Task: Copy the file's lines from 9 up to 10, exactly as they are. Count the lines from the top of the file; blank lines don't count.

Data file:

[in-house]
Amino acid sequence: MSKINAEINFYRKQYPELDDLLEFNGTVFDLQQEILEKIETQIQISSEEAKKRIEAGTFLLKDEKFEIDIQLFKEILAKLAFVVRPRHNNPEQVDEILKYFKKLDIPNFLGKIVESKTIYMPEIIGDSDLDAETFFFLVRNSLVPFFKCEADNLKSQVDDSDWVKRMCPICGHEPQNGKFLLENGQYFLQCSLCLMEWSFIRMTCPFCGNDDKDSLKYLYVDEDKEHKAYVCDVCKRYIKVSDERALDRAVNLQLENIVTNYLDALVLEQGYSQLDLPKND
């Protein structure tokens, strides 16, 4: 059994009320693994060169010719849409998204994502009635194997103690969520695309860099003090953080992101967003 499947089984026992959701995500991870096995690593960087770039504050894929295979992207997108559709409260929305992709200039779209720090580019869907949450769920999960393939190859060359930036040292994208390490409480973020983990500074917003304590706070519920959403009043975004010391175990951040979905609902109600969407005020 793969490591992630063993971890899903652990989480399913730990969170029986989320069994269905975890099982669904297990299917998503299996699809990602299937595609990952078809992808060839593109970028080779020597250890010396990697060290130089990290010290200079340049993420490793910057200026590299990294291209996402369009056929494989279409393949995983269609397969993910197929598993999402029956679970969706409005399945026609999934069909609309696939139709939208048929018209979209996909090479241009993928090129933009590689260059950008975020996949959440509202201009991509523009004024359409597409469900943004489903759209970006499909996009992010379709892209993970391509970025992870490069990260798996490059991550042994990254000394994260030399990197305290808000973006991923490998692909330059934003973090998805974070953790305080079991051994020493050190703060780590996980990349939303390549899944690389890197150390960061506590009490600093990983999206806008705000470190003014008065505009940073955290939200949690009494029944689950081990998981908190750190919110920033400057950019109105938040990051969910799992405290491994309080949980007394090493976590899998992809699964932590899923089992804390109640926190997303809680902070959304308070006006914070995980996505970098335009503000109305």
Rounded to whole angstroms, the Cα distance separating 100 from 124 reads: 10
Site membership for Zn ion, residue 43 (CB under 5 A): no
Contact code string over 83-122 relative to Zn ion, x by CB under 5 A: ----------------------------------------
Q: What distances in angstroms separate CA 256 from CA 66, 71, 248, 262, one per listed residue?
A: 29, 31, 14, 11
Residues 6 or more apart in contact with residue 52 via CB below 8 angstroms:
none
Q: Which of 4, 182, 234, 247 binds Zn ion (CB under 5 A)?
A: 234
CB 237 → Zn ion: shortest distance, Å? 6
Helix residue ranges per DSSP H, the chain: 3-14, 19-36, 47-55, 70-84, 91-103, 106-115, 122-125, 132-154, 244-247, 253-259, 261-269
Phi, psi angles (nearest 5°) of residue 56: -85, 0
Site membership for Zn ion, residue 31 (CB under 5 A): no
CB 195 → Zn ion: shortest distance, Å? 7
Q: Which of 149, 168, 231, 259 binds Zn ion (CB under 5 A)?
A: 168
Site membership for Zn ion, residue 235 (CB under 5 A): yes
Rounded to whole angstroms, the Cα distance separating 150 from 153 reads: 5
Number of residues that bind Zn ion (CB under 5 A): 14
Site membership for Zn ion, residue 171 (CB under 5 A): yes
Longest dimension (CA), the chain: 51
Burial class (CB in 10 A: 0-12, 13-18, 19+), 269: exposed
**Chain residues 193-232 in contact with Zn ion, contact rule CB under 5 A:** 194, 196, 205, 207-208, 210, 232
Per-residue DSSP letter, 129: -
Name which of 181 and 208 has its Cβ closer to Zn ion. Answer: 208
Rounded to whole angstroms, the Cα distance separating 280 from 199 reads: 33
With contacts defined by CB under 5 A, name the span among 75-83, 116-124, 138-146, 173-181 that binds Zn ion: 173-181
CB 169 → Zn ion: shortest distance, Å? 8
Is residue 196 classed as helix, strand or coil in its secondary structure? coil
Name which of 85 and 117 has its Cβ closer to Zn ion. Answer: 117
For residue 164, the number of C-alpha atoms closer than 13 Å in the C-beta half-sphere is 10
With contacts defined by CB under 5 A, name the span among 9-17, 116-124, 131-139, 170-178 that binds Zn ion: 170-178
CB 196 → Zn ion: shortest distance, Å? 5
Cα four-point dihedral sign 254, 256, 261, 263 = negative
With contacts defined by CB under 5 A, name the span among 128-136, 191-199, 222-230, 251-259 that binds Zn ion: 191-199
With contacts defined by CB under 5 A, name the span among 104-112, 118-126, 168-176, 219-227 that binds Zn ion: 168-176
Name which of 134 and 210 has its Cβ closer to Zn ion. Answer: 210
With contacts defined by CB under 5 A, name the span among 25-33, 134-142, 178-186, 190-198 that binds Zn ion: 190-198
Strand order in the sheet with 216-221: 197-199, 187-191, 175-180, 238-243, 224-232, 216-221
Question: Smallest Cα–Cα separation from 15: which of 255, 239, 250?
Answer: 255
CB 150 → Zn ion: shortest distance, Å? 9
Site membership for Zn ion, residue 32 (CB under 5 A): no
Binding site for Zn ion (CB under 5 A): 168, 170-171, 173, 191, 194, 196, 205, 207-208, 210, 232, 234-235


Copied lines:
Residues 6 or more apart in contact with residue 52 via CB below 8 angstroms:
none